Kids can suffer from gum diseases too and it can quickly spiral into more complicated problems if left untreated.
Some people may think that only adults have to deal with gingivitis, but that’s simply not true. Kids can suffer from gum diseases too and it can quickly spiral into more complicated problems if left untreated. If you noticed that your child’s gums are a bit swollen or if he is spitting blood after brushing his teeth, then it’s time to act and schedule an appointment with your St. Louis pediatric dentist.
Here’s what you should know.
What Is Gum Disease?
Gum disease, also known as periodontal disease, is an inflammation of the tissue that supports the teeth. It is caused by plaque buildup that hasn’t been removed effectively through brushing and flossing. Over time, the plaque hardens and turns into tartar that affects the gums, causing them to bleed and pull away from the teeth. Left untreated, it can lead to periodontitis, a condition that causes the teeth to become loose and fall out.
How to Treat It and What Can You Do to Prevent It
If you suspect that your kid has gum disease, then the first thing you should do is have him checked by your St. Louis pediatric dentist. The dentist will decide the best way to remove the tartar based on the child’s age and the severity of the problem. They may also make recommendations regarding the kid’s diet and dental habits.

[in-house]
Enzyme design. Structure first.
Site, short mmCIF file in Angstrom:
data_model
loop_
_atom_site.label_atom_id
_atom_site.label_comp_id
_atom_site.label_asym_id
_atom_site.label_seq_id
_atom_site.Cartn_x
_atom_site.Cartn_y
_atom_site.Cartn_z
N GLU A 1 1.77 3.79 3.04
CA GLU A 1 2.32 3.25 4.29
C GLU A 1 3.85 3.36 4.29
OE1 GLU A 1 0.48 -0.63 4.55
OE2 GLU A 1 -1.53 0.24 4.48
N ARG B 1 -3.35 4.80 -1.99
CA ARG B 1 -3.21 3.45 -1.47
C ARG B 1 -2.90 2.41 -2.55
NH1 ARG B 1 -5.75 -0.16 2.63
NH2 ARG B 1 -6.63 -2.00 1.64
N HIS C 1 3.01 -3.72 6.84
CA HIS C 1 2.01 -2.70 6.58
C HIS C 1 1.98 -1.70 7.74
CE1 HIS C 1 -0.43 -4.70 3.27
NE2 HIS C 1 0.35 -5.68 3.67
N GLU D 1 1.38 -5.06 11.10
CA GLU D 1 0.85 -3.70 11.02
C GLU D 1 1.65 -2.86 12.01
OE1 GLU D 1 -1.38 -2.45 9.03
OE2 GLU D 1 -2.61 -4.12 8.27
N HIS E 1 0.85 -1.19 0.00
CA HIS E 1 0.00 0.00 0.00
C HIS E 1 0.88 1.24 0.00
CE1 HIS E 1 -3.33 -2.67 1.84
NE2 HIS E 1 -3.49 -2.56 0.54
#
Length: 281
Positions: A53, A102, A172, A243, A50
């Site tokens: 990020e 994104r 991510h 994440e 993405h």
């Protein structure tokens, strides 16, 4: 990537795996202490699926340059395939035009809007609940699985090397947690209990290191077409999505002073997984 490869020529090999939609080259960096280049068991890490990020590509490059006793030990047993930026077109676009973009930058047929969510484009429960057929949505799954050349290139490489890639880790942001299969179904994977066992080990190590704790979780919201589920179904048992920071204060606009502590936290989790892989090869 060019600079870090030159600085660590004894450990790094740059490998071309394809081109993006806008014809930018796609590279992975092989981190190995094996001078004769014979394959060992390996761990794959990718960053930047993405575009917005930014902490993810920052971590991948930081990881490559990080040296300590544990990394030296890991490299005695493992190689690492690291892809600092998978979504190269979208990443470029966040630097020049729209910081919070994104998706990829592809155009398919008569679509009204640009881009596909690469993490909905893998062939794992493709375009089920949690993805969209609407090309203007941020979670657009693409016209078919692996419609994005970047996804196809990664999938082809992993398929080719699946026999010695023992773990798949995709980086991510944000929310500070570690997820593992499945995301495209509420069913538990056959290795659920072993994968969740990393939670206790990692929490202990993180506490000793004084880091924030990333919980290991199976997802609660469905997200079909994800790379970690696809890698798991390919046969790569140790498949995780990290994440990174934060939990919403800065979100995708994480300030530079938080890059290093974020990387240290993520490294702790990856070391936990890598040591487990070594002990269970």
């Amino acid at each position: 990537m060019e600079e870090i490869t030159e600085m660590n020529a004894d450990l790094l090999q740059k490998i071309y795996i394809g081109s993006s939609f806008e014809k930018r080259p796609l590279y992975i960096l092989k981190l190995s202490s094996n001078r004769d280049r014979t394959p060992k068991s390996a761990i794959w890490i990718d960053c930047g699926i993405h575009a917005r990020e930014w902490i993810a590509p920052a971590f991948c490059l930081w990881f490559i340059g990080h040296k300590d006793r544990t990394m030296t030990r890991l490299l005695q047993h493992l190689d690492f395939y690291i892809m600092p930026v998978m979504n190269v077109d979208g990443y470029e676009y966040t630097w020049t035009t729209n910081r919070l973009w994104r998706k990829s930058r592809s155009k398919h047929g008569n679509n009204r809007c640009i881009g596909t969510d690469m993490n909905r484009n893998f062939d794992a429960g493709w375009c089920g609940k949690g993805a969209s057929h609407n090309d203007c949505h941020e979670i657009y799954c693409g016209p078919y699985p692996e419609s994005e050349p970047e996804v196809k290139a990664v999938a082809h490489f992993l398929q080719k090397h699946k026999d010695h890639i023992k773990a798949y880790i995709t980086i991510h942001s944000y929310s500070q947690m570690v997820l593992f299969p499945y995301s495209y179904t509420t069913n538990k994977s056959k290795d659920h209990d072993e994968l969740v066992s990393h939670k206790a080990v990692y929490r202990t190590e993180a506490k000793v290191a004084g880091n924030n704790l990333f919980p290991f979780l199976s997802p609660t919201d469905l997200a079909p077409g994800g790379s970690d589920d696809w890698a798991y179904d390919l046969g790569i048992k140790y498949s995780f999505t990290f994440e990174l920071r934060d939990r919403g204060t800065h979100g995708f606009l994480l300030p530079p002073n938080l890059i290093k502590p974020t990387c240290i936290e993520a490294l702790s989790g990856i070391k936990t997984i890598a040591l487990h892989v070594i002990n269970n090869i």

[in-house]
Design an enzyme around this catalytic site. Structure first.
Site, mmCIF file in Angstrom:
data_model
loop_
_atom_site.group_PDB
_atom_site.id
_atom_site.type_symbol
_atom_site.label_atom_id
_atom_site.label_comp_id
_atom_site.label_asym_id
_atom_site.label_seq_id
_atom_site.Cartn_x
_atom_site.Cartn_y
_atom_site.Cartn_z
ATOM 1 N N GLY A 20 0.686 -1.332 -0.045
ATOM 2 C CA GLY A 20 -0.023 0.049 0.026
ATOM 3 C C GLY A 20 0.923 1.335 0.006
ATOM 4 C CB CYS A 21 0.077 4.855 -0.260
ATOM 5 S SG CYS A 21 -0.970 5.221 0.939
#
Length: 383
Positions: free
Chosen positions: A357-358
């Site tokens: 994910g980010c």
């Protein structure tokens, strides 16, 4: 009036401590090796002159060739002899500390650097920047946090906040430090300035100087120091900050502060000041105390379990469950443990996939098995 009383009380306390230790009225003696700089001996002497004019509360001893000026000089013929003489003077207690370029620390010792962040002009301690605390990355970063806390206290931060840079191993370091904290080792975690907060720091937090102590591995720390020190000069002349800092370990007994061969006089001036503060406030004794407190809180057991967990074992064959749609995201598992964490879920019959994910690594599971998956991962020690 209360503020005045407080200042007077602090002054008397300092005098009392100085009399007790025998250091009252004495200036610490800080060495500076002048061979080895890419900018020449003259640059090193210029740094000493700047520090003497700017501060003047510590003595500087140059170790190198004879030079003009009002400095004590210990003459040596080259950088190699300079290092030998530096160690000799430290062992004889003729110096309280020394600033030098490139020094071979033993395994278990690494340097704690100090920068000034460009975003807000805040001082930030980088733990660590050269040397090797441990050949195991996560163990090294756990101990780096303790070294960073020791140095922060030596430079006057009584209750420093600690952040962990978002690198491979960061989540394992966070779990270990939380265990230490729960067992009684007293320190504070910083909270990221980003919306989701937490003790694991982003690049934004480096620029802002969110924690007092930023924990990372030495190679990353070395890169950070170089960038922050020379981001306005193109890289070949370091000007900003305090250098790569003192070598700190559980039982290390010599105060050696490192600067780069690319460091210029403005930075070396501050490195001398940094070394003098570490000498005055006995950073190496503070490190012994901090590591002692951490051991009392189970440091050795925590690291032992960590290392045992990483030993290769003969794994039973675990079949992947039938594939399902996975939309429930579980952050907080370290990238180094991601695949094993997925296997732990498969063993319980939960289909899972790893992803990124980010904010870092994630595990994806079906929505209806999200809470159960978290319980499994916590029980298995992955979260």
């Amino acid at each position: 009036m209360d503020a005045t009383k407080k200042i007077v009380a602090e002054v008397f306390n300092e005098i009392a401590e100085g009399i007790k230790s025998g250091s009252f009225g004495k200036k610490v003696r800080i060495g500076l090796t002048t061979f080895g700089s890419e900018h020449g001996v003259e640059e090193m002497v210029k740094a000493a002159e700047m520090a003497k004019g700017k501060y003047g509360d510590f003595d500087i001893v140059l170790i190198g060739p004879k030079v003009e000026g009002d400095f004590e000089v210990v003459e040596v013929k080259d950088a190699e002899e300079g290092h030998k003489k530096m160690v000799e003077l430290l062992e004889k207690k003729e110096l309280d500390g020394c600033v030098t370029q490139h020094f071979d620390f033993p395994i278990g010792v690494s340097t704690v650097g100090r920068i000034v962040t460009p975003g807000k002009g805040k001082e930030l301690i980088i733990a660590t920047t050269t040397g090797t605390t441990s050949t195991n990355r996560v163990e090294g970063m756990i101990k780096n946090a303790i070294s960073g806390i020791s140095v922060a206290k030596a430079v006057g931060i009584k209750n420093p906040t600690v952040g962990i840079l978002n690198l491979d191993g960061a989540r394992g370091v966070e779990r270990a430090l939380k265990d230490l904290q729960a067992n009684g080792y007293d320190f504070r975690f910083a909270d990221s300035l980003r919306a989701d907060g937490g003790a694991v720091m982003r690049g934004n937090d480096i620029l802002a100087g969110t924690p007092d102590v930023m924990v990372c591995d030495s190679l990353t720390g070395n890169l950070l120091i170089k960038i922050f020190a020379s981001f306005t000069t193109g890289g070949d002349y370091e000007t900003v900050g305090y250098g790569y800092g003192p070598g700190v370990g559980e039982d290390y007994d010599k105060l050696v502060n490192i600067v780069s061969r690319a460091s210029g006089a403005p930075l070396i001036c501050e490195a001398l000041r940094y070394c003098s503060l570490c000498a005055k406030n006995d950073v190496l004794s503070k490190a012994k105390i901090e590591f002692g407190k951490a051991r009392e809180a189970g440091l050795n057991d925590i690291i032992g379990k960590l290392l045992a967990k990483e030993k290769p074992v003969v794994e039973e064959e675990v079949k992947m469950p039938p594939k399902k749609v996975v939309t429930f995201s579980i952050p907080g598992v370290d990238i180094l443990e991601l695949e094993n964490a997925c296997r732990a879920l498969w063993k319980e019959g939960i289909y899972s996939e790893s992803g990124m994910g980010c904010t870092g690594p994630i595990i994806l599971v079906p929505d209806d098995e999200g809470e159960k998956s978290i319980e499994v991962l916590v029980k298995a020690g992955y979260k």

Diet Can Affect Gums’ Health
You already know that sugar is bad for the teeth, but did you know that it can affect gums health too? According to The American Academy of Pediatric Dentistry (AAPD), you should offer your kid nutritious and filling snacks, such as veggies, yogurt, cheese or peanut butter. Keep starchy foods like bread or potato chips for mealtime as bacteria love to feed on the starch.
Don’t Skip Brushing
Make sure that your kid brushes two times per day, after breakfast and before bedtime. If your child is younger than five years old, then you should be the one brushing their teeth as they don’t have the necessary skills yet to clean them properly. Kids aged five and older can brush by themselves, but with adult supervision.
Brushing isn’t enough to reach the plaque that builds up between the teeth and against the surface of the gums. That’s why in addition to brushing you should also floss your child’s teeth once a day.
Use a string about 18 inches long and wind the ends around your middle finger. Insert it between the teeth so that to create a C-shaped and move it up and down gently.
Flossing a toddler can feel intimidating so try turning this into a fun activity. Tell them that you are trying to catch the plaque monster and that the floss is a special weapon that will annihilate it.
Be a Role Model
Taking care of your kids’ teeth and gums can feel like a daunting task. Remember that kids love to imitate adults, so try becoming a role model. Brush your teeth and floss with them and always remind them of the importance of good oral health.